Over the past decade, while a turbulent stock market and record-low interest rates helped to create the climate for unicorns by driving traditional investors into venture capital, there was also a growing element of cachet in gaining admission to the billion-dollar startup club.
But now, forecasts of the unicorn era’s approaching demise — or at least its decline in bravado — abound. “The biggest danger is not so much the viability of the unicorn business models themselves but rather the architecture of their financing, which is very sensitive to any crisis in the global financial system,” Beiten says.
YPO member Bhanu Choudhrie, Founder of C&C Alpha Group, a London-based private equity firm, is cautiously optimistic. “At the beginning of this year, there were 229 so-called unicorns, compared to 39 at the tail-end of 2013. It’s a huge increase, but a billion-dollar valuation isn’t in itself the most important way of looking at a company. We are comfortable with risk at C&C, but we are always looking at long-term potential.”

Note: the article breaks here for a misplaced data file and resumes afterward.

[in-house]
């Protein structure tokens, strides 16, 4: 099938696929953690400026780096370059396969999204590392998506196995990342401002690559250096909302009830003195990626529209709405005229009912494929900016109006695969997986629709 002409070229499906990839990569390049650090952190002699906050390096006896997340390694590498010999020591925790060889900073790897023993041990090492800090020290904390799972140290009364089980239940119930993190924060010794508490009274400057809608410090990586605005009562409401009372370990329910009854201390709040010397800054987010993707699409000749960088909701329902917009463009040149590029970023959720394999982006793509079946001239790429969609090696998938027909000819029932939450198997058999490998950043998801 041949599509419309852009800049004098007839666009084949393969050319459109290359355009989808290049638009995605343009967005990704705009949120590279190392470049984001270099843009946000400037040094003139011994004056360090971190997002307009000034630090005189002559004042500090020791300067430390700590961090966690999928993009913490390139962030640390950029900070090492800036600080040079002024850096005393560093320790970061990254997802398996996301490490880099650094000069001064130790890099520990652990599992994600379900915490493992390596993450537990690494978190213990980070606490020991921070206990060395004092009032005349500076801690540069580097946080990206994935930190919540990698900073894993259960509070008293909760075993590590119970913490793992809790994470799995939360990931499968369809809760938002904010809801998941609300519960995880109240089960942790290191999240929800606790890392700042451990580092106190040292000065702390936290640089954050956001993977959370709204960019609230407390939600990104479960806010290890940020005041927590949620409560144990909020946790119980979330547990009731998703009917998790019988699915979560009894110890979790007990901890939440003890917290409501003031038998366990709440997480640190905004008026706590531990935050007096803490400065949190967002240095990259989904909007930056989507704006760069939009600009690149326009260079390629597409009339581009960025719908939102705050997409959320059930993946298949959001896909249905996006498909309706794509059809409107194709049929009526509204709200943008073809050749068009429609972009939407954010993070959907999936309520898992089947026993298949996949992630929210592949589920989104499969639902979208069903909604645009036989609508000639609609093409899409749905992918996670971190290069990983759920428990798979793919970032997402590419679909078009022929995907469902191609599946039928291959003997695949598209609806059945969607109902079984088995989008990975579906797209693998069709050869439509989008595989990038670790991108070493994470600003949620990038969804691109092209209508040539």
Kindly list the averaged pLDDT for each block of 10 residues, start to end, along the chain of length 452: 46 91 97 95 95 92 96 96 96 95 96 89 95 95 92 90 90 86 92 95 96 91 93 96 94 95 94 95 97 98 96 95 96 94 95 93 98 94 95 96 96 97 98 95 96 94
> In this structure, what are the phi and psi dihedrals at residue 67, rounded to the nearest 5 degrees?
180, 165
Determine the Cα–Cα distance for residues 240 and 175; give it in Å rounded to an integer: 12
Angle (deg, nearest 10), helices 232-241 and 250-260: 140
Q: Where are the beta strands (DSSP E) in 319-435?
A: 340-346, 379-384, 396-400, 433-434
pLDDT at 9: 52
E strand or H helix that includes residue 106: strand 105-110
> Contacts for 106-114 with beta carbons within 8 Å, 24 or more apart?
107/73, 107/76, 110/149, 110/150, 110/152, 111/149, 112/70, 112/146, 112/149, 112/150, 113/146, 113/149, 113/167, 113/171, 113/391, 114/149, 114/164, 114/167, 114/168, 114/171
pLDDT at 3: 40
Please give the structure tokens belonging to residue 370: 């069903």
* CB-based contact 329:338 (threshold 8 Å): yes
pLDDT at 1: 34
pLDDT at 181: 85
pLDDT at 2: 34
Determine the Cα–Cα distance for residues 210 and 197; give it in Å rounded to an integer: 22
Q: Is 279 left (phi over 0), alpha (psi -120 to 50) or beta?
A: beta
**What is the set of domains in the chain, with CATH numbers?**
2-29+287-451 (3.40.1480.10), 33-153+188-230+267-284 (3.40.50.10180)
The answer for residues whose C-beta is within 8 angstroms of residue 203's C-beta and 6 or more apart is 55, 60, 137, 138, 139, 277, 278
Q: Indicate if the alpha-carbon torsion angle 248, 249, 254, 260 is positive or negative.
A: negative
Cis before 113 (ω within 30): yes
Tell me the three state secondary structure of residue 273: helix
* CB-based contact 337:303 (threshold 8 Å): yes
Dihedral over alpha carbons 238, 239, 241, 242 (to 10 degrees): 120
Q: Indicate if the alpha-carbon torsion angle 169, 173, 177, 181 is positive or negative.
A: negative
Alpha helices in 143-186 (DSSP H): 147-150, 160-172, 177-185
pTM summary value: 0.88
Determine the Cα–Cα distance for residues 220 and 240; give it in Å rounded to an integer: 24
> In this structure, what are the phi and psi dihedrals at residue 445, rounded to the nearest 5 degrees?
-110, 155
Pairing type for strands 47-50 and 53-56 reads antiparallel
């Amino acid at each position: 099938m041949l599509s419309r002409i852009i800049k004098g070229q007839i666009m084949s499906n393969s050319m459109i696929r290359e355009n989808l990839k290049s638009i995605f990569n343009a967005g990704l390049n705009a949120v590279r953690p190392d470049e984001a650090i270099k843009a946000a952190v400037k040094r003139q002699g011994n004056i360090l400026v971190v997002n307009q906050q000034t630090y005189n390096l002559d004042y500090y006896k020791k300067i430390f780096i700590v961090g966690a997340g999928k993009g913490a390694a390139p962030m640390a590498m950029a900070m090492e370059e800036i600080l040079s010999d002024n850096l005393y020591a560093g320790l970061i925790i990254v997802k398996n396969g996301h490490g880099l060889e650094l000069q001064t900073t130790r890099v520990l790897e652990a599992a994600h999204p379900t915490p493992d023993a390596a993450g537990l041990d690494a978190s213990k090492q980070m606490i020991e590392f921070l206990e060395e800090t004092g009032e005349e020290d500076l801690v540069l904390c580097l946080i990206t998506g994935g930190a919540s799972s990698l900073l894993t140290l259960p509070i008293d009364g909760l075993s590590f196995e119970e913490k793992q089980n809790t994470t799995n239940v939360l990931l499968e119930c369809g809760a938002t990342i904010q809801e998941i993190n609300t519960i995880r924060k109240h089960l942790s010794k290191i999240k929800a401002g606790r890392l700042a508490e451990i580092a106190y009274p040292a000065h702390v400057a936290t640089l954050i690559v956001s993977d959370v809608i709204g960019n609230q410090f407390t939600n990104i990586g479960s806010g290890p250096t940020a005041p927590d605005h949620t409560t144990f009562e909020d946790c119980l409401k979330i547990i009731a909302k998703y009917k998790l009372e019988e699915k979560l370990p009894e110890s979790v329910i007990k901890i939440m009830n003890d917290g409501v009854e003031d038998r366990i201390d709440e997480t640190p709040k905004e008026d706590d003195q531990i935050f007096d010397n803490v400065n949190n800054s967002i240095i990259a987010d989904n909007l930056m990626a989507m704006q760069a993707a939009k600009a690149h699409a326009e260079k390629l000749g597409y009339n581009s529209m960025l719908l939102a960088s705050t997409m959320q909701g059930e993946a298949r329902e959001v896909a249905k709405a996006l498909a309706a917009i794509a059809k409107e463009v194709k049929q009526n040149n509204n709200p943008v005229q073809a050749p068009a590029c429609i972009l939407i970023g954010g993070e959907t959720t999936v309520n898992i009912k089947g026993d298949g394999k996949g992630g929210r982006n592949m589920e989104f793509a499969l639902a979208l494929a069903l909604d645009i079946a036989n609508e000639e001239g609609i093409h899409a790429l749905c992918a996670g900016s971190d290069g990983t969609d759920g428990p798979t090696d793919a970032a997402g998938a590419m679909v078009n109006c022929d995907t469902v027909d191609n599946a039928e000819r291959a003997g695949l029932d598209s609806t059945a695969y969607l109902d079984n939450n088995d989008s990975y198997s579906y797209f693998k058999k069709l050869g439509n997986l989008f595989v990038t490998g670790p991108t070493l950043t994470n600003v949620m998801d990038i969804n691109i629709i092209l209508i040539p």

Choudhrie emphasizes that high-growth startups usually define and dominate a product category, if not an entire platform. “If you do that successfully the money will follow,” he says, citing the launch in 2015 of Customer Bank’s mobile division (Choudhrie is a director of the bank.). “BankMobile is rewriting the virtual banking playbook. It already has 2 million customers and 26 percent of the student market, with customer acquisition costs that are one-third of traditional banks.”